Many readers will no doubt know the 2004 paper in Science by historian of science Naomi Oreskes, a paper which discussed the consensus position regarding anthropogenic climate change. Predictably, the paper received much vitriol from the climate contrarians and denialists. Now, a medical research (Klaus-Martin Schulte, who appears to be a consultant in endocrine surgery) has claimed that Oreskes’ paper is not only outdated but also wrong. This claim has been extensively crowed over not only by Inhofe’s EPW Press Blog but by other Right wing sites and, indeed, our own beloved Uncommon Descent.
Naomi kindly shared with me her response to Schulte’s work and below the fold I provide her reply in full.
Updated: Link to full text of Oreskes (2007) added.
Naomi Oreskes, University of California, San Diego
REVISED POSTING, September 24, 2007
THESE REVISIONS MAKE CLEAR THAT I AM RESPONDING TO THE CHARACTERIZATION OF THE SCHULTE PAPER AS MADE PUBLIC ON THE INTERNET.
1) It is said that the Schulte piece is being published in Energy and Environment, a known contrarian journal. The discussion of it was posted on the minority blog of the Senate Environment and Public Works committee, whose leader thinks that global warming is a "hoax,” and circulated on the internet by Marc Morano, a long-standing contrarian and former reporter and producer for the Rush Limbaugh Show, who was involved in the "swift boat" campaign against John Kerry.
2) The blog reports of the Schulte piece misrepresent the research question that we originally posed. It was, "How many papers published in referred journals disagree with the statement, "…most of the observed warming of the last 50 years is likely to have been due to the increase in greenhouse gas concentrations"? This statement came from the IPCC (2001) and was reiterated explicitly by the 2001 NAS report, so we wanted to know how many papers diverged from that consensus position. The answer was none. The Schulte claim does not refutes that.
3) The blog reports of the piece misrepresent the results we obtained. In the original AAAS talk on which the paper was based, and in various interviews and conversations after, I repeated pointed out that very few papers analyzed said anything explicit at all about the consensus position. This was actually a very important result, for the following reason. Biologists today never write papers in which they explicitly say "we endorse evolution". Earth scientists never say "we explicitly endorse plate tectonics." This is because these things are now taken for granted. So when we read these papers and observed this pattern, we took this to be very significant. We realized that the basic issue was settled, and we observed that scientists had moved on to discussing details of the problem, mostly tempo and mode issues: how fast, how soon, in what manner, with what impacts, etc. (See Oreskes, 2007 for further discussion).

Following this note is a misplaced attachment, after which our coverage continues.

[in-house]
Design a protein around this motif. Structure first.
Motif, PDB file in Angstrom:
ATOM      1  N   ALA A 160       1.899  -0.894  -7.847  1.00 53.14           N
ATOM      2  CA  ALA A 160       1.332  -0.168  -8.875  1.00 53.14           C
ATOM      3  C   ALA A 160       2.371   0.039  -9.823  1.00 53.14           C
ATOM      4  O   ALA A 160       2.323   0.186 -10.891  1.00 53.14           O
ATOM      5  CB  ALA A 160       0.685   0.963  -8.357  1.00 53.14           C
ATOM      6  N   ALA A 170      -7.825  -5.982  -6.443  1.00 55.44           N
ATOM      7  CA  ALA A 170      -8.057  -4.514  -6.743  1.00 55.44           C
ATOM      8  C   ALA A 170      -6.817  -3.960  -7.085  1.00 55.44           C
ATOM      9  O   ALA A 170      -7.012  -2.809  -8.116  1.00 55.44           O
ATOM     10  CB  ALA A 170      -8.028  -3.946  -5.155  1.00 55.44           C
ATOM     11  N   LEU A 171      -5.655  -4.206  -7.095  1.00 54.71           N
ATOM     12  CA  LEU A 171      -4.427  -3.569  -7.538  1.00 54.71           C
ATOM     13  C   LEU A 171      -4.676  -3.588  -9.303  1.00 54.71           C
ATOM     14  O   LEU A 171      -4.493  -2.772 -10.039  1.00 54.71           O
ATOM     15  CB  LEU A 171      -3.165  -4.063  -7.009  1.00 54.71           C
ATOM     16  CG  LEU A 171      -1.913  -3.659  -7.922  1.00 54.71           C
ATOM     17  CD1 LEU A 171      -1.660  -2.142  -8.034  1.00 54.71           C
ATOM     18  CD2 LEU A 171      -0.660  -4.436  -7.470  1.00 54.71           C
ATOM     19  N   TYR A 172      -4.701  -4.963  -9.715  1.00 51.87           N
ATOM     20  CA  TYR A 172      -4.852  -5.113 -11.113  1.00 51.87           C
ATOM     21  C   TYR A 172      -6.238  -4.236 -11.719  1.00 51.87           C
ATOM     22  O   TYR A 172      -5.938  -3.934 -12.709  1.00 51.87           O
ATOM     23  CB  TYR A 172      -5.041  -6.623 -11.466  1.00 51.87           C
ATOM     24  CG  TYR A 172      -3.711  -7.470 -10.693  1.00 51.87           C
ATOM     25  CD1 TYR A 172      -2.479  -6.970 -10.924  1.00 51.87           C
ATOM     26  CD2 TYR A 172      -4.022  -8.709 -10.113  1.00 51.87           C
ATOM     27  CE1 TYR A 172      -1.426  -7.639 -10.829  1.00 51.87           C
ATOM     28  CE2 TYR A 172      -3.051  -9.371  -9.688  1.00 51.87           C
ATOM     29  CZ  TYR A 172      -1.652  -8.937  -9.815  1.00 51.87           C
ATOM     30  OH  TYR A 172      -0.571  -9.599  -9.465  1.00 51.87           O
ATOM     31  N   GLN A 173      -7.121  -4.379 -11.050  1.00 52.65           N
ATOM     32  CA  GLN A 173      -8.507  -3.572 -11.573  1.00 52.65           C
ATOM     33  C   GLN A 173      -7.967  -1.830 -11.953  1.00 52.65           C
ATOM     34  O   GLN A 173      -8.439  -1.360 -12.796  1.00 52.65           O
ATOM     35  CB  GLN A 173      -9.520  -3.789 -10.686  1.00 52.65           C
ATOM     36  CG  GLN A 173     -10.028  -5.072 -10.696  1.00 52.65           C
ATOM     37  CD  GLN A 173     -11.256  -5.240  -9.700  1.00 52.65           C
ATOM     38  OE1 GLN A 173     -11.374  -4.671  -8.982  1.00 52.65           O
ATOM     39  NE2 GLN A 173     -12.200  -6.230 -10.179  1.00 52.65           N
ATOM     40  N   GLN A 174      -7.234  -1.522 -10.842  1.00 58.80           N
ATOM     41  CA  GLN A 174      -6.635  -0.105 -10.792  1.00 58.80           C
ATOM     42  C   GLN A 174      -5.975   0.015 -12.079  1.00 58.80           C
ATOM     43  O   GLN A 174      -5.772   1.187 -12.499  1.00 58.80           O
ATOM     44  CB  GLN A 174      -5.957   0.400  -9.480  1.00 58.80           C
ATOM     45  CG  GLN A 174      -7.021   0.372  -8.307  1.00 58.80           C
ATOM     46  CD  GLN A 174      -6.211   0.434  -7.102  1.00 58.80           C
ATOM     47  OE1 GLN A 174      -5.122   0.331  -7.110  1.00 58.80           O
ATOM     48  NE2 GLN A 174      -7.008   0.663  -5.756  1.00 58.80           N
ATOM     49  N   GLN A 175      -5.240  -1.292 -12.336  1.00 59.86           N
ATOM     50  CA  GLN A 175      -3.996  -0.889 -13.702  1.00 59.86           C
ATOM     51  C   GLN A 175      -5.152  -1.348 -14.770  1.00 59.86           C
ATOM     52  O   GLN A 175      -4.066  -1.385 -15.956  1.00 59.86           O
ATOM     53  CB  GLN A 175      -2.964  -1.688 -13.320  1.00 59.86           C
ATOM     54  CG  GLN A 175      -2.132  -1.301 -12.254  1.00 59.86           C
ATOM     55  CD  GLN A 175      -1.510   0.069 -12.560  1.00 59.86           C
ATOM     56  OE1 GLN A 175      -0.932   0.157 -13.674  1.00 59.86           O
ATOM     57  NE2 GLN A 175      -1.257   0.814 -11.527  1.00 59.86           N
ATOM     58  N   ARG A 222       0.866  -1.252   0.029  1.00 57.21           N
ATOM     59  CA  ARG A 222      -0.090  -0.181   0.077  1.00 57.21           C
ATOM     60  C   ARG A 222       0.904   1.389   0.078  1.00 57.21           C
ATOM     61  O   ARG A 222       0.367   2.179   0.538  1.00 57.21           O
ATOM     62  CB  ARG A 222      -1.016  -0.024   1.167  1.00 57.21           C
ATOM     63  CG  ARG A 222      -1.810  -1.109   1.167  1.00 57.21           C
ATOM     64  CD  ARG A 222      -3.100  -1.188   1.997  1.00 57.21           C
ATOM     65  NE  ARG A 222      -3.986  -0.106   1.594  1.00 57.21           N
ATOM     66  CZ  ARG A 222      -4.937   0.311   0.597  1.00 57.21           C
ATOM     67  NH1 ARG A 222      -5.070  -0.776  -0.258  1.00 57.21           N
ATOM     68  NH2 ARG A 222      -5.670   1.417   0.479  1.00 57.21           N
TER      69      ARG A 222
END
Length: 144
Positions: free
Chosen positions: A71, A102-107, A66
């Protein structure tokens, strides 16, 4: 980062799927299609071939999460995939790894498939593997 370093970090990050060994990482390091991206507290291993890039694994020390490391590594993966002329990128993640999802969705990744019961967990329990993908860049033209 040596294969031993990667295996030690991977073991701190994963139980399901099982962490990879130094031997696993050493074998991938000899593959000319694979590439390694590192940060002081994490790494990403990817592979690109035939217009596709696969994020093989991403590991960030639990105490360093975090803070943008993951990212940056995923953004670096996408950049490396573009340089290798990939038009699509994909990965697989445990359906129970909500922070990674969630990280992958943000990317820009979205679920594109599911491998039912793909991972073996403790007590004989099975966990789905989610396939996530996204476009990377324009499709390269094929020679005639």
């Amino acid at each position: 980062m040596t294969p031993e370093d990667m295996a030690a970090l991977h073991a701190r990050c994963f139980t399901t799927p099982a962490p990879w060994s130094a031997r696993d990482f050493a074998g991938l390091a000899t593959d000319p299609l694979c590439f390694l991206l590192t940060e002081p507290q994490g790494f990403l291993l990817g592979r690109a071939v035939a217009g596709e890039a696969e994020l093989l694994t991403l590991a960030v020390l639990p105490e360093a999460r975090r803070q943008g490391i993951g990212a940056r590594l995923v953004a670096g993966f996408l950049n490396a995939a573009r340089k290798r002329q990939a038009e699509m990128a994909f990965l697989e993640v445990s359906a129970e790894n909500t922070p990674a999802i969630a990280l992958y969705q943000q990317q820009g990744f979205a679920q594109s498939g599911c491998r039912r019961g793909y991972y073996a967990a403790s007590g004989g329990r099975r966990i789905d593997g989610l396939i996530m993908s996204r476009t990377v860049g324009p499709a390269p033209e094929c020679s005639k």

4) The blog reports of the Schulte piece misrepresent my own interpretation of the severity climate question, as well as that of the scientific societies whose positions we compiled. This is a typical contrarian tactic – to exaggerate or misrepresent the scientific claim and then "refute" it. My analysis was a summary of the position of scientific experts. I never said, nor have any of the major scientific societies said, that the scientific literature warns of an imminent "catastrophe." An analysis of how severe scientists think warming is or will be would have been a different paper. So you cannot "refute" my analysis by pointing out that the word "catastrophe" doesn’t appear. I never said that it did. Nor would I expect it to. Scientists don’t generally use that kind of language, although contrarians do.
5) The EPW press release accuses my paper of being "outdated." It is in fact a crucial element of the paper that the study that it goes back to 1993. We wanted to see how the arguments had developed over time, and to test, if we could, when the consensus position emerged. A crucial result for me was the realization that the basic consensus had already been established in the early 1990s. However, in hindsight this should actually have been obvious: it’s why President George H.W. Bush signed the UN Framework Convention on Climate Change. The basic scientific insight was already in place.
6) The blog reports describe Mr. Schulte as a medical researcher. As a historian of science I am trained to analyze and understand scientific arguments, their development, their progress, etc., and my specific expertise is in the history of earth science. This past summer I was invited to teach a graduate intensive course at Vienna International Summer University, Vienna Circle Institute, on Consensus in Science. I do not know why a medical researcher would feel qualified to undertake an analysis of consensus in the earth scientific literature.
7) Contrarians have been trying to refute my work for three years. A previous claim, also circulated and cited by Marc Morano, was subsequently retracted by its author.
I refer interested individuals back to the original paper (Oreskes, 2004) and to a more extended version of the argument (Oreskes, 2007).
Oreskes, Naomi, 2004.”The scientific consensus on climate change,” Science 306: 1686. [link]
Oreskes, Naomi, 2007, “The scientific consensus on climate change: How do we know we’re not wrong?” Climate Change: What It Means for Us, Our Children, and Our Grandchildren, edited by Joseph F. C. DiMento and Pamela Doughman, MIT Press, pp. 65-99. [Download file]